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Infants distinguish antisocial actions directed towards fair and unfair agents.

Meristo M, Surian L - PLoS ONE (2014)

Bottom Line: One donor always distributed the goods equally, while the other performed unequal distributions by giving everything to one recipient.In the test phase, a third agent hit or took resources away from either the fair or the unfair donor.These findings support the view that infants are able to evaluate agents based on their distributive actions and suggest that the foundations of human socio-moral competence are acquired independently of parental feedback and linguistic experience.

View Article: PubMed Central - PubMed

Affiliation: Department of Psychology, University of Gothenburg, Göteborg, Sweden.

ABSTRACT
Three experiments provide evidence of an incipient sense of fairness in preverbal infants. Ten-month-old infants were shown cartoon videos with two agents, the 'donors', who distributed resources to two identical recipients. One donor always distributed the goods equally, while the other performed unequal distributions by giving everything to one recipient. In the test phase, a third agent hit or took resources away from either the fair or the unfair donor. We found that infants looked longer when the antisocial actions were directed towards the unfair rather than the fair donor. These findings support the view that infants are able to evaluate agents based on their distributive actions and suggest that the foundations of human socio-moral competence are acquired independently of parental feedback and linguistic experience.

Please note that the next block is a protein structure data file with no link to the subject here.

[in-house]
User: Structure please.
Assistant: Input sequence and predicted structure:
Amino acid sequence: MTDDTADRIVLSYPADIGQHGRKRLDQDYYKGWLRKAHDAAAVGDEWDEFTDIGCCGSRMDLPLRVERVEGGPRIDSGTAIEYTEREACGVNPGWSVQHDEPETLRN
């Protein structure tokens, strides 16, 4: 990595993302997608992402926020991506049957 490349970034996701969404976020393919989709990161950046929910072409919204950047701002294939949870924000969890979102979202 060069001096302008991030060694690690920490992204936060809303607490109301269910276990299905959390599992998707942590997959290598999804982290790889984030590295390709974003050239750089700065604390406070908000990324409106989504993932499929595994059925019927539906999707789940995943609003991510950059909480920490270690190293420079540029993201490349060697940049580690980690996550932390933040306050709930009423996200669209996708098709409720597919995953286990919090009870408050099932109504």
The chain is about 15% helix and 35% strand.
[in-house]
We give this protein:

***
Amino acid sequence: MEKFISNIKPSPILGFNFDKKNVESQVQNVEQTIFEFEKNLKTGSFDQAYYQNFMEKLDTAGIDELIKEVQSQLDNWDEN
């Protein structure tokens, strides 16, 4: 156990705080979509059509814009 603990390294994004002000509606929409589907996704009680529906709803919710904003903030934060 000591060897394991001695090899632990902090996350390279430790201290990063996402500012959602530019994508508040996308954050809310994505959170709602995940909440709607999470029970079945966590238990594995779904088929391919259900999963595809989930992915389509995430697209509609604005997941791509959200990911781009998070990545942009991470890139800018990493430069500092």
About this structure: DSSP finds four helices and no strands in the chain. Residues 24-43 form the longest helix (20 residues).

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Related in: MedlinePlus

Selected frames from the test event used in Experiment 2.The test events began with the fair and unfair distributors present on the lower side of the screen. Both agents had one strawberry above and very close to them. An arm then came down from the upper side of the screen, stopped for 0.5 seconds in the middle of the screen between the two distributors and then approached one of them. The hand next took away the strawberry from one of the distributors and moved out of the scene, disappearing from the scene the same way it had entered.
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pone-0110553-g004: Selected frames from the test event used in Experiment 2.The test events began with the fair and unfair distributors present on the lower side of the screen. Both agents had one strawberry above and very close to them. An arm then came down from the upper side of the screen, stopped for 0.5 seconds in the middle of the screen between the two distributors and then approached one of them. The hand next took away the strawberry from one of the distributors and moved out of the scene, disappearing from the scene the same way it had entered.

Mentions: The procedure and the apparatus were the same as in Experiment 1. Also, the familiarisation events were identical to the ones used in the previous experiment (see Figure 1; note that in Experiment 2, the two recipients in the donor familiarization events were yellow triangles, while the donors were a blue circle and a green star). The only difference concerned the test events. The test events began with both distributors present on the lower side of the screen and a drum sound to attract infants' attention to the screen. Both distributors had one strawberry above and very close to them (see Figure 4). Then an arm came down from the upper side of the screen, stopped for 0.5 seconds in the middle of the screen between the two distributors and then approached one of them. The hand next took away the strawberry from one of the distributors and moved out of the scene with it, disappearing from the scene the same way it had entered. The scene then froze to still, showing the two distributors, one with a strawberry above it and the other without.